We always knew that we would have to speak to our children early on about important issues such as race, racial inequality, and how to interact with the police. But even knowing this, we didn’t realize that we would be broaching these topics with our children as early as 2 and 3 years old.
We have always surrounded our children with a diverse environment in terms of books, dolls, TV shows, music, languages, food, and friends. But as my husband and I have been traversing the current racial awakening, we knew just creating a diverse environment was not enough—it was time to begin discussing these issues with our children.
I thought what I’m sure many parents have been feeling: am I burdening my children with these issues at a young age? Should I just let kids be kids? Why don’t we wait until they are older and better able to understand these important issues?
As my husband and I have been traversing the current racial awakening, we knew just creating a diverse environment was not enough—it was time to begin discussing these issues with our children.
The truth is that we can begin discussing issues of differences, race, and equality with our children at an age-appropriate level and in a way that teaches them but does not strip away their innocence. And not only can we, but if we want to raise anti-racist children, we must. By ages 2-4, children can internalize racial bias. This is when children begin building biases that can form their world views and why it is important to begin these conversations with children early.
It’s not necessary to jump into a conversation about systemic racism with a 2-year-old. Books are a great springboard to begin talking about these issues with young children. Instead of jumping right into complex topics, we began by celebrating diversity and differences, practicing kindness to all, treating all people with respect, and encouraging our children to help and stand up for others.
Our First Family Protest
My husband and I also wanted to put all that we were teaching our kids into action. Like many, in the midst of protests for justice for George Floyd, Breonna Taylor, and the countless other Black men and women mistreated and murdered at the hands of police, we wanted to be a part of the movement.
As a family, though, we felt that it was too risky for our family to go to a large protest in the middle of a pandemic. We donated to causes and made calls in support, but really wanted to be a part of the protest movement.
One day, our children’s school sent us an email letting us know that some of the Black boys in the second-grade class planned a drive-by protest near our school. It was a last-minute decision to attend, so the morning of the protest, I made signs while my husband got the kids ready. Once we were all in the car, our 4-year-old son, Ellington, asked what the signs were for and where we were going.
We told Ellington and Sienna (who is 2 and tuned us out) that we were going to a protest. We explained that a protest is when you stand up and speak out against something that you believe is wrong. We explained that police are not all being nice to Black people, are treating them rough, and not being kind. We told him that we were going to protest because we want all people to be kind and to be treated with respect. We will hold up our signs to stand up for what we believe in. By the end of the conversation, Ellington said, “I don’t want police to be mean to Black people anymore!”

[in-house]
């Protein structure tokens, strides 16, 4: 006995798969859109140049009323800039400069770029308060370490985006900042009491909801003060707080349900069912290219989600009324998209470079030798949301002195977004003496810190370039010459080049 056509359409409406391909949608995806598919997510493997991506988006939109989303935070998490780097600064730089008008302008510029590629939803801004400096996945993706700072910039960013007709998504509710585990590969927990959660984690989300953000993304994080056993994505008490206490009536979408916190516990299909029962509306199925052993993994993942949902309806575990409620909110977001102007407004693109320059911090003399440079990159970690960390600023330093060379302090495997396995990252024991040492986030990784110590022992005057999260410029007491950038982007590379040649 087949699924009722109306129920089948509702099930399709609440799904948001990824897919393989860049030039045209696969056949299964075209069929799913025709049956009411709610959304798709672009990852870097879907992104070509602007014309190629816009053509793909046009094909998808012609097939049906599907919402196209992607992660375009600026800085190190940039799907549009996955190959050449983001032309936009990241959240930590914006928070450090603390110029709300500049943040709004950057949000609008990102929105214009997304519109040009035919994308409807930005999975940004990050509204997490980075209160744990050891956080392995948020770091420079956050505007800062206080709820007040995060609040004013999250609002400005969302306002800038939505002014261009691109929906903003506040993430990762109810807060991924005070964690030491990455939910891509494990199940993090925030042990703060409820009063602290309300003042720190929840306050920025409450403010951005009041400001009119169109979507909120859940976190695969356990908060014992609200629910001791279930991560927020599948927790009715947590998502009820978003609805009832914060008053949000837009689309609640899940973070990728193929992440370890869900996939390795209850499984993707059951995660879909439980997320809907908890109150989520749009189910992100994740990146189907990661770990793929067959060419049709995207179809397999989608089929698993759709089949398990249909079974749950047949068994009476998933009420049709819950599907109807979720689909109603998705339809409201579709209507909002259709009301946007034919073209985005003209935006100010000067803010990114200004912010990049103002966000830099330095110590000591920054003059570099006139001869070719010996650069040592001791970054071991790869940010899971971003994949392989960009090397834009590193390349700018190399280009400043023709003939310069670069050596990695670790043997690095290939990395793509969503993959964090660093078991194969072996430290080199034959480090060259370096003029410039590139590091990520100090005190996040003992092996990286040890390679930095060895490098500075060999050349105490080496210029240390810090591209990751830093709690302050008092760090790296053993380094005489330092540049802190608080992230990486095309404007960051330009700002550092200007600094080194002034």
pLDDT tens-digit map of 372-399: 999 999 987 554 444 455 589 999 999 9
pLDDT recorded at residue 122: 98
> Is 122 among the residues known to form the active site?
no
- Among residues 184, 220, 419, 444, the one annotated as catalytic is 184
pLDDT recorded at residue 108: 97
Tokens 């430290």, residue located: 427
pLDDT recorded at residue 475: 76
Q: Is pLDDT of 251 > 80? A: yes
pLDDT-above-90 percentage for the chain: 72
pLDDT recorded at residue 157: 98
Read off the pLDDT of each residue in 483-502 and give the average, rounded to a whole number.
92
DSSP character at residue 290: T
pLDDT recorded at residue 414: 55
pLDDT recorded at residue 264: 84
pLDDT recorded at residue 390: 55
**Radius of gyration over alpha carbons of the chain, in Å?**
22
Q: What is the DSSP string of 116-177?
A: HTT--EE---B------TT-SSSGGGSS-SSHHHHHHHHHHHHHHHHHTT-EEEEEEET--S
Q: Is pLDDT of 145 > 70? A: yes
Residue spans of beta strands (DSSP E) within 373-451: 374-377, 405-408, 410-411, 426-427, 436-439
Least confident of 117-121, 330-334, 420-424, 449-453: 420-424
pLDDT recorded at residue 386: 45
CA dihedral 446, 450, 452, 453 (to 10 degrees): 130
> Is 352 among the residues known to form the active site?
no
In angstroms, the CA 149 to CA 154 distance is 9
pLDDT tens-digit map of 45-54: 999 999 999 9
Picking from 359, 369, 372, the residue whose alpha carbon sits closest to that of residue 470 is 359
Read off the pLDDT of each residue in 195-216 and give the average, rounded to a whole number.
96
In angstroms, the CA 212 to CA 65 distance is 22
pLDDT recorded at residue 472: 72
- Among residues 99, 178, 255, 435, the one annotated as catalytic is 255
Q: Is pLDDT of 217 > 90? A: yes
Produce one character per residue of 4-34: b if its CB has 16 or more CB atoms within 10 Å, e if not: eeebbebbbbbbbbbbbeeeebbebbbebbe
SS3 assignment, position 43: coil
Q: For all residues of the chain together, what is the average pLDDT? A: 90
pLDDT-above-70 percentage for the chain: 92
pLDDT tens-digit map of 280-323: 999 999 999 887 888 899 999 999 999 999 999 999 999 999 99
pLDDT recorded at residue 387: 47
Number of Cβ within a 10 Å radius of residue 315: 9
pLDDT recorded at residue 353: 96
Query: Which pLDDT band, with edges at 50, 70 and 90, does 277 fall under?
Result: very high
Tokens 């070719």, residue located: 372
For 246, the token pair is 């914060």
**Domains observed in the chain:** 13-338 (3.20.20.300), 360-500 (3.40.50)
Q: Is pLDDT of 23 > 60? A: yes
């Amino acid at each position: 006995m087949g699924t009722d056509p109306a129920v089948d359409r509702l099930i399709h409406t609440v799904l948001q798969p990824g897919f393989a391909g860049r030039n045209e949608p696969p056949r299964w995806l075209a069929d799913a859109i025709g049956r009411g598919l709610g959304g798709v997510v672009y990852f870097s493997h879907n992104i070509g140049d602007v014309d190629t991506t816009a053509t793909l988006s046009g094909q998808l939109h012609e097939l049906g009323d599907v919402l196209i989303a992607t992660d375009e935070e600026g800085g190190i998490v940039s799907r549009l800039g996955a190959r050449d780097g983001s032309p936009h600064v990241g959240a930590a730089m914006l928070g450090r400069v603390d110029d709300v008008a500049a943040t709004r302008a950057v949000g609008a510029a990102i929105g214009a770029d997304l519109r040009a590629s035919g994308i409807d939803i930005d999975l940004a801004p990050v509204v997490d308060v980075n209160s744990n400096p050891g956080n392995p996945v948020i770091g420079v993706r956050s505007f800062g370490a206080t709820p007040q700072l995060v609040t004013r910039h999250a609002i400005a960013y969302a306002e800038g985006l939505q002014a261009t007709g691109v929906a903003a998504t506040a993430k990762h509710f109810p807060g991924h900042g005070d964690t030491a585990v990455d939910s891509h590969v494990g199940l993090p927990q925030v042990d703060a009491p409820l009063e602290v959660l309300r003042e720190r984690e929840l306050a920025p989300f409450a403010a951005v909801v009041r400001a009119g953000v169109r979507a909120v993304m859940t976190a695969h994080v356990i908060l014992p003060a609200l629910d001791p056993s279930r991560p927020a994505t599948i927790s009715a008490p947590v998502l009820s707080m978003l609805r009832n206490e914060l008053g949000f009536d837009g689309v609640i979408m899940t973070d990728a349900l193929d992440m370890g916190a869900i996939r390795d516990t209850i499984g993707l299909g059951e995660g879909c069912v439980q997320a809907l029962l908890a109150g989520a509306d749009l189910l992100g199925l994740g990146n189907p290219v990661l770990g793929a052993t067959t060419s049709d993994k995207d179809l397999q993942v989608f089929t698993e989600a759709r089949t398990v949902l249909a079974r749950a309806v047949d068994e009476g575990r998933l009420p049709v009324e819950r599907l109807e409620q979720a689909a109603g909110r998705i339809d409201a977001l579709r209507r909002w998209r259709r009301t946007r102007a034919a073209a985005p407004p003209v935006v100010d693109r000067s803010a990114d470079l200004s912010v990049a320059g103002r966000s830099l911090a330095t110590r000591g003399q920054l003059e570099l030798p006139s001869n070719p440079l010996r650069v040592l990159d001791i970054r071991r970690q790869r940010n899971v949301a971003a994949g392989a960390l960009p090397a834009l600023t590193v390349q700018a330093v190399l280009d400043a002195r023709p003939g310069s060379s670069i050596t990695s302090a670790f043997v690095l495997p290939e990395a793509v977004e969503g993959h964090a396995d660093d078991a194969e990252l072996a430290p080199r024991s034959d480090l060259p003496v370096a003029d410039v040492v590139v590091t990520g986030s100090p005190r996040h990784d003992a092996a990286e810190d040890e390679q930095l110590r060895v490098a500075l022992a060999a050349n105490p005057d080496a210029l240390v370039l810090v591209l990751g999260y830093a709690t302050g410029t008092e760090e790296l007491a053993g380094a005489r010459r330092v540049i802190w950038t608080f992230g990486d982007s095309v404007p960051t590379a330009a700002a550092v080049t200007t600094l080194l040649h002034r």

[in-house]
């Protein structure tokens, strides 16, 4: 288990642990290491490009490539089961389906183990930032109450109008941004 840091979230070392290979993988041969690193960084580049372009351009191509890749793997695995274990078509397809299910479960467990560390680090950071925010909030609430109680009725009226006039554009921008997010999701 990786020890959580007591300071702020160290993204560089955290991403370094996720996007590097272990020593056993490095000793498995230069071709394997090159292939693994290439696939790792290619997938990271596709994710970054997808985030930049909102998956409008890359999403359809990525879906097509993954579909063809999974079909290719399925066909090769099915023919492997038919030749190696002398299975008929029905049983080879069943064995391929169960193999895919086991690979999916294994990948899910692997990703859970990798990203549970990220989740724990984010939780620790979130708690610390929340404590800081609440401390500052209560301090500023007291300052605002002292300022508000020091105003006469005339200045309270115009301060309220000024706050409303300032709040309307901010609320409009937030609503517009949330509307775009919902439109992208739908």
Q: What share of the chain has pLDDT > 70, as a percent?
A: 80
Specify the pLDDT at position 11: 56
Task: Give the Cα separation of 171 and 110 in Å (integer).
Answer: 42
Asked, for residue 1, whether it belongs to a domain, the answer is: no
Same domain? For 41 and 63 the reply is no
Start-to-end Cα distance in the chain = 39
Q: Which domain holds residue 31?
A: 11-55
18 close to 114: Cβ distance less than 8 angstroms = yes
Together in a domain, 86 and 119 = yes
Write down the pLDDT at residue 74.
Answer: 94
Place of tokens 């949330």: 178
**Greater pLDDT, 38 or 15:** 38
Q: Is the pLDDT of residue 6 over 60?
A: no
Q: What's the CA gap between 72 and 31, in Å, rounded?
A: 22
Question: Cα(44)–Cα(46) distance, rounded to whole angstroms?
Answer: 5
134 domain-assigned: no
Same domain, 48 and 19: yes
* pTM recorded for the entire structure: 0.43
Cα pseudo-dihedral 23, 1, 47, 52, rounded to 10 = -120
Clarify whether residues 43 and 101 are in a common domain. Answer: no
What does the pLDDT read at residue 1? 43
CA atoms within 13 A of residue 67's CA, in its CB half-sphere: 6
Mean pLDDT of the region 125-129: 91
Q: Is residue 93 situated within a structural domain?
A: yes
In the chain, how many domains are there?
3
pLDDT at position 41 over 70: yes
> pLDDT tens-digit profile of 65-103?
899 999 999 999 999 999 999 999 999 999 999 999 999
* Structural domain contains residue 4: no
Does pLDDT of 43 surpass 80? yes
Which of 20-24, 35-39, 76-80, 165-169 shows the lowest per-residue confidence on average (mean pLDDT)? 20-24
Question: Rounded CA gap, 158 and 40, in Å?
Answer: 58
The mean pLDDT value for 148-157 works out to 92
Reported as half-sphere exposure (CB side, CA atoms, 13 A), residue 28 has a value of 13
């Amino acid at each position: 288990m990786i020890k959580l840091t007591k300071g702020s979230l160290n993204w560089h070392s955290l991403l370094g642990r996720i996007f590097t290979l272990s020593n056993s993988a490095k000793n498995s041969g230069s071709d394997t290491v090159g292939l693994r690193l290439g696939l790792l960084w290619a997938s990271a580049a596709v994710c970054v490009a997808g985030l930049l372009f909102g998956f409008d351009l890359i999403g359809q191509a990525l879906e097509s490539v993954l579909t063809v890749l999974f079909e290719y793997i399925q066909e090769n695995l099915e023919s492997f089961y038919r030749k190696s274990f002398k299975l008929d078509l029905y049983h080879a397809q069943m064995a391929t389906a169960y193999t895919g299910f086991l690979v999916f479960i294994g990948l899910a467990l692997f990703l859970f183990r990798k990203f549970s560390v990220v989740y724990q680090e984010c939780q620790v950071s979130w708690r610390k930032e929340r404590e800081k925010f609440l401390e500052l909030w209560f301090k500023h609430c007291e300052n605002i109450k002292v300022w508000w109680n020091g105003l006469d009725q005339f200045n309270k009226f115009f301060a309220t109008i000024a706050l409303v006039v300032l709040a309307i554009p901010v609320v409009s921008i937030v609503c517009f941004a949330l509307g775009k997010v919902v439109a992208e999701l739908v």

Ellington is only 4 years old, so I cannot pretend that he completely grasped the meaning of the protest. He asked whether the police could still catch Black and white people if they were bad guys and asked if we were going to see police at the protest (since he is still in the police admiration stage). Regardless, we used the experience as a teaching lesson, and we’ve been looking back at the pictures and continuing to talk to the kids about race, the police, and the importance of kindness.
Why This Matters So Much
I got a bit emotional that day.
I kept tearing up when I saw cars full of white people with signs saying BLACK LIVES MATTER. I think it was the knowledge that these parents were actually talking to their children about these important issues when it’s formative and matters. That overwhelmed me and gave me some hope for a better world for our children and their children.
Our school’s student-led protest was a great opportunity for us to talk to our children about race. We know we’re lucky to be a part of an inclusive community that promotes anti-racism. Even if your school isn’t organizing events like this, there are small steps you can take to raise inclusive children.
How We Incorporate Race Into Everyday Life
- Start talking about racial, gender, and other differences early and often. With young children, begin by discussing celebrating diversity and differences, practicing kindness to all, treating all people with respect, and encouraging our children to help and stand up for others.
- Surround children with a diverse environment—diverse friends, books, toys, TV shows, foods, and cultural activities (museums, dance performances, or plays). Discuss these experiences with your children. Through your actions, show children that you love and respect diversity.
- Be honest with your children about your emotions around racial injustice and current events in an age-appropriate manner.
- Show your children how they can be a change agent and advocate for others. Involve them in a family-oriented protest or ask them how they might react to various hypotheticals as a teaching moment.
- Particularly if you’re Black or a member of another underrepresented community, instill confidence in your children around their race, identity, hair, skin, and facial features. Build confidence in the way they look and the beauty of their community.